One of my fondest memories from 1994 with my grandparents was hiking the hills behind their ranch and then coming down and playing baseball. It was Easter and it was that rare time of year in Northern California where the hills stay green for only about 8 to 10 weeks. If we have a dry winter, it's cut even shorter. My Grandpa's dog, Bozo, was still alive and so was my cousin's dog, Rainbow. We hiked the hills and I remember spending time with Grandpa, who helped me up several times when I got scared. We then finally made it to the top. All of us cousins were so proud of our achievement. This was something we'd been doing on this land since the 1950's. We were the 2nd generation. It was really windy out, I remember, and luckily many of us brought some flannel shirts to warm us up. We then ran down the hills, got our gear to play ball and we all played until dusk. One of my favorite Easters was in 1994.

I am feeling sentimental and this post nearly brought tears to my eyes, as I am still grieving my Grandpa's passing and thinking of our time together during 1994 brings back some good memories. I am thankful to have them to remember him by.

Friday, July 11, 2014

Growing Up Photos

When I was growing up, I lived on a street where there were many kids around my age. It was a great time to be growing up. I feel so blessed we had such great neighbors and fun times to remember.

Even though the 1980's were roughly 30 years ago, I feel like they are starting to gain a "classic" status and in a sense, I am starting to a feel a little old when I see photos from back then. I have to take a step back and realize, "Wow, where did the time go?"

Here are a few photos of me growing up:

There are just SO many here! Here I am eating green frosting that my Aunt made, but it was the wrong color, so instead of throwing it away, I said, "I'll eat it!!" What kid would let a perfectly good tasting frosting go to waste?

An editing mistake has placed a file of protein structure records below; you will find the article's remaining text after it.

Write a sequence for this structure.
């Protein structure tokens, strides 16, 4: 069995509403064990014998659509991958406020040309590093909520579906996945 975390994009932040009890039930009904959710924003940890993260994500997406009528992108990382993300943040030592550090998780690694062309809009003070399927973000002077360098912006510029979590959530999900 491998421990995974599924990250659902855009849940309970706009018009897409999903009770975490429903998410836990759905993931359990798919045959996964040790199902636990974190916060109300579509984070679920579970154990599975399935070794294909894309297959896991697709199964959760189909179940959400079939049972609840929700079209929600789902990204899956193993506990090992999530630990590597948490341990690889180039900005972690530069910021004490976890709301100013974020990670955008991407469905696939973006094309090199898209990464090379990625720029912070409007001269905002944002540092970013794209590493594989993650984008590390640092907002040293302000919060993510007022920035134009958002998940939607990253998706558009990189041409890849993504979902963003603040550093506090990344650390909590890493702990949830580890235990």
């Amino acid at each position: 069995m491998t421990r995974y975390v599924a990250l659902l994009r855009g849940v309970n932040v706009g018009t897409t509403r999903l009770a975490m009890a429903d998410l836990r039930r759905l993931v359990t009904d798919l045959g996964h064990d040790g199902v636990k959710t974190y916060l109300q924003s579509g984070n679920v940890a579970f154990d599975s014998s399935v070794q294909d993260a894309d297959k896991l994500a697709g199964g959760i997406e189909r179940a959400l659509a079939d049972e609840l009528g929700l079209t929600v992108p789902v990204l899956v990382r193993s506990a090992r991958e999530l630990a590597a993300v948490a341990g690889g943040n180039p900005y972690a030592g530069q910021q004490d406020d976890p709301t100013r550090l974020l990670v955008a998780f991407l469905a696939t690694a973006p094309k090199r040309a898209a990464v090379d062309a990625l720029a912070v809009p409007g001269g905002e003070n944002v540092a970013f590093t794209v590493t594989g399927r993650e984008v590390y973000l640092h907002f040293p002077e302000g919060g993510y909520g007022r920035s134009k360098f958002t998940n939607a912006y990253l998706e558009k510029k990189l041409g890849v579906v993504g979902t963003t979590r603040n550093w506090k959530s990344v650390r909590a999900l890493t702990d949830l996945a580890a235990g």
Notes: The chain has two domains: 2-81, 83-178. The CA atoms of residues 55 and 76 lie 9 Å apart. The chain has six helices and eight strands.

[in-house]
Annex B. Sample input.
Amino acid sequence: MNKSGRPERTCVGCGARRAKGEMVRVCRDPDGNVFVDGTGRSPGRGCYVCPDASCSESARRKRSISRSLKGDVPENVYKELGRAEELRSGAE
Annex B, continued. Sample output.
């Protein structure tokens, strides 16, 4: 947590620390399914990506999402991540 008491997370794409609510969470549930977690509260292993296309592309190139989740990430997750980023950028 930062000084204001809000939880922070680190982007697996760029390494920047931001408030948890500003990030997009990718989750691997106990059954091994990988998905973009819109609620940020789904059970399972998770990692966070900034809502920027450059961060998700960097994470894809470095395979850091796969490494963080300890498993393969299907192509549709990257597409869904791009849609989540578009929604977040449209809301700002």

I was maybe a few months old in this picture. 

This was my 1st Birthday in 1983.

I loved my Graham Crackers! This was around 1984. My brother was holding a bottle of 7-Up.

 My brother and I having fun in the kiddie pool, around 1986-87 (basing the year by my brother's swim shorts, lol)

Wearing one of my favorite roller skating outfits - this one was real popular back then. Not sure why!!

My aunt Judy and her daughter, Melissa and me. Melissa and I were only 9 months apart, so we were constantly seen together - palling around! I looked a little hyped up on sugar here!

My cousins Jesse (age 13), Tiffany (age 12) and Noelle (age 14)- we were all so close growing up - we may be further apart now - but we will never forget the time we spent together - this was in 1992.

Me at Mother's Day brunch, around 1990. I was nearly 8 years old (my birthday is May 21st)

My cousin Melissa and I at my Grandma's ranch, around 1986. 

More of my cousin Melissa and I. I clearly look like I ate a Popsicle! 

My Grandma and I at Mother's Day brunch, 1990.

My Grandma and I at Mother's Day brunch, 1990.

My Cousin Melissa at Mother's Day brunch, 1990. Melissa was 7 here.

Me and Melissa at Easter brunch, circa 1992. I was ten, going through a chubby stage and Melissa was 9.

My oldest cousin, Sam (age 19), and his brother, David (age 17), at Easter Brunch, 1992.

Noelle and her sister, Melissa on the ranch, around 1986. Noelle was 9 here and Melissa was 3.

My cousin Sam and our Uncle Terry (father of Noelle, Jesse and Melissa), at my Aunt Diane's house (mother of Sam and David), circa 1989/90.

My Dad with my brother and I at my Aunt Diane's house, circa 1989/90.

My brother, Scott (bottom middle); cousin, Tiffany (bottom right) and myself (standing right alligator) were all in competitive roller skating. Skating the Gold Skate was a big deal! It was like the Olympics for Roller Skating and a huge 3-4 day event. This was in Bakersfield, CA.

This is me on a swing. This  Smurf themed swing set really was well loved, as you can tell. We finally had it removed, in which we had our yard completely re-landscaped the same year this photo was taken, 1991.

Me swimming with a little help from my arm floaters. I was 8 years old in 1990. I remember my Dad taking this photo. I was in the deep end of our pool. I used to think sharks were over here and would scurry away thinking they were after me. I LOVED to swim. I still do.

And, finally, a pre-teen version of me - where awkwardness was beginning to set in. This was my 12th birthday in May of 1994. This was my last birthday in my childhood home. We'd move to a bigger home on December 1st.